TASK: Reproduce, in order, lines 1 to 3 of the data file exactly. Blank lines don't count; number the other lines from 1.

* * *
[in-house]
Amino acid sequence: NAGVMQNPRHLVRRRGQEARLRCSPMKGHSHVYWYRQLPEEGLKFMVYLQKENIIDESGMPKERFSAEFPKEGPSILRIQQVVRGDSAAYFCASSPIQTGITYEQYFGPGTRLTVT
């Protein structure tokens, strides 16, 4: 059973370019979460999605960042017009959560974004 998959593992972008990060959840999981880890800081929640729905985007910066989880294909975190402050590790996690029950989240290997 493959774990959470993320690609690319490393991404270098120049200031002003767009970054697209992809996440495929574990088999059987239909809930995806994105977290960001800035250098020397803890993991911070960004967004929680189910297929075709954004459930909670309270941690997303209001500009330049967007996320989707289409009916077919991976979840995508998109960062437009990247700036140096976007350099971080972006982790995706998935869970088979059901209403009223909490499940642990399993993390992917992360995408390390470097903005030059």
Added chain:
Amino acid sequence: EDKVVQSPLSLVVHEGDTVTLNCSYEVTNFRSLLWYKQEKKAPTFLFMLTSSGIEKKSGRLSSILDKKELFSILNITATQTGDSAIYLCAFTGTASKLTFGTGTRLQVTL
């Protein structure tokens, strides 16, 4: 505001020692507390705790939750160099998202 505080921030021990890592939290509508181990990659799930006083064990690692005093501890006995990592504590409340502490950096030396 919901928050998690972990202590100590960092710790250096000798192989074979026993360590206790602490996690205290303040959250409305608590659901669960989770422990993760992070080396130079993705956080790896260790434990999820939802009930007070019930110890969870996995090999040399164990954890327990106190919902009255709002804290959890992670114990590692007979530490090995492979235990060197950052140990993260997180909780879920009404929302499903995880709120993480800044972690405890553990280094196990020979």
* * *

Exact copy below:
[in-house]
Amino acid sequence: NAGVMQNPRHLVRRRGQEARLRCSPMKGHSHVYWYRQLPEEGLKFMVYLQKENIIDESGMPKERFSAEFPKEGPSILRIQQVVRGDSAAYFCASSPIQTGITYEQYFGPGTRLTVT
């Protein structure tokens, strides 16, 4: 059973370019979460999605960042017009959560974004 998959593992972008990060959840999981880890800081929640729905985007910066989880294909975190402050590790996690029950989240290997 493959774990959470993320690609690319490393991404270098120049200031002003767009970054697209992809996440495929574990088999059987239909809930995806994105977290960001800035250098020397803890993991911070960004967004929680189910297929075709954004459930909670309270941690997303209001500009330049967007996320989707289409009916077919991976979840995508998109960062437009990247700036140096976007350099971080972006982790995706998935869970088979059901209403009223909490499940642990399993993390992917992360995408390390470097903005030059």